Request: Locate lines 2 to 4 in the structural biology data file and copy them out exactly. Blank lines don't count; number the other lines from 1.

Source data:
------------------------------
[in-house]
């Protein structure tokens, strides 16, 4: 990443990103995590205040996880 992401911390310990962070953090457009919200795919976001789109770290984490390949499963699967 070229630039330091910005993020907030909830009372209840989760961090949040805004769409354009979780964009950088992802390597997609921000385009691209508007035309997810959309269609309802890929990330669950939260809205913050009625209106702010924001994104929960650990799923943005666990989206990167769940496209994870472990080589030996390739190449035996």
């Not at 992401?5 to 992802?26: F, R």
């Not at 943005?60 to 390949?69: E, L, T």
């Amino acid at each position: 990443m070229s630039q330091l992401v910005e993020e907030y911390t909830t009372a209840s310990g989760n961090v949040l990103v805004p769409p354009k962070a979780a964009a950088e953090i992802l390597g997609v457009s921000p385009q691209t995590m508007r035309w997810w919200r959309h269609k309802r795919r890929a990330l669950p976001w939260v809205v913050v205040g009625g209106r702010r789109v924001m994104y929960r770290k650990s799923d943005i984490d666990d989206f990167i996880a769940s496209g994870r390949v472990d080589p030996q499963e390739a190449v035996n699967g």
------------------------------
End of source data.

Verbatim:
């Protein structure tokens, strides 16, 4: 990443990103995590205040996880 992401911390310990962070953090457009919200795919976001789109770290984490390949499963699967 070229630039330091910005993020907030909830009372209840989760961090949040805004769409354009979780964009950088992802390597997609921000385009691209508007035309997810959309269609309802890929990330669950939260809205913050009625209106702010924001994104929960650990799923943005666990989206990167769940496209994870472990080589030996390739190449035996």
């Not at 992401?5 to 992802?26: F, R």
């Not at 943005?60 to 390949?69: E, L, T």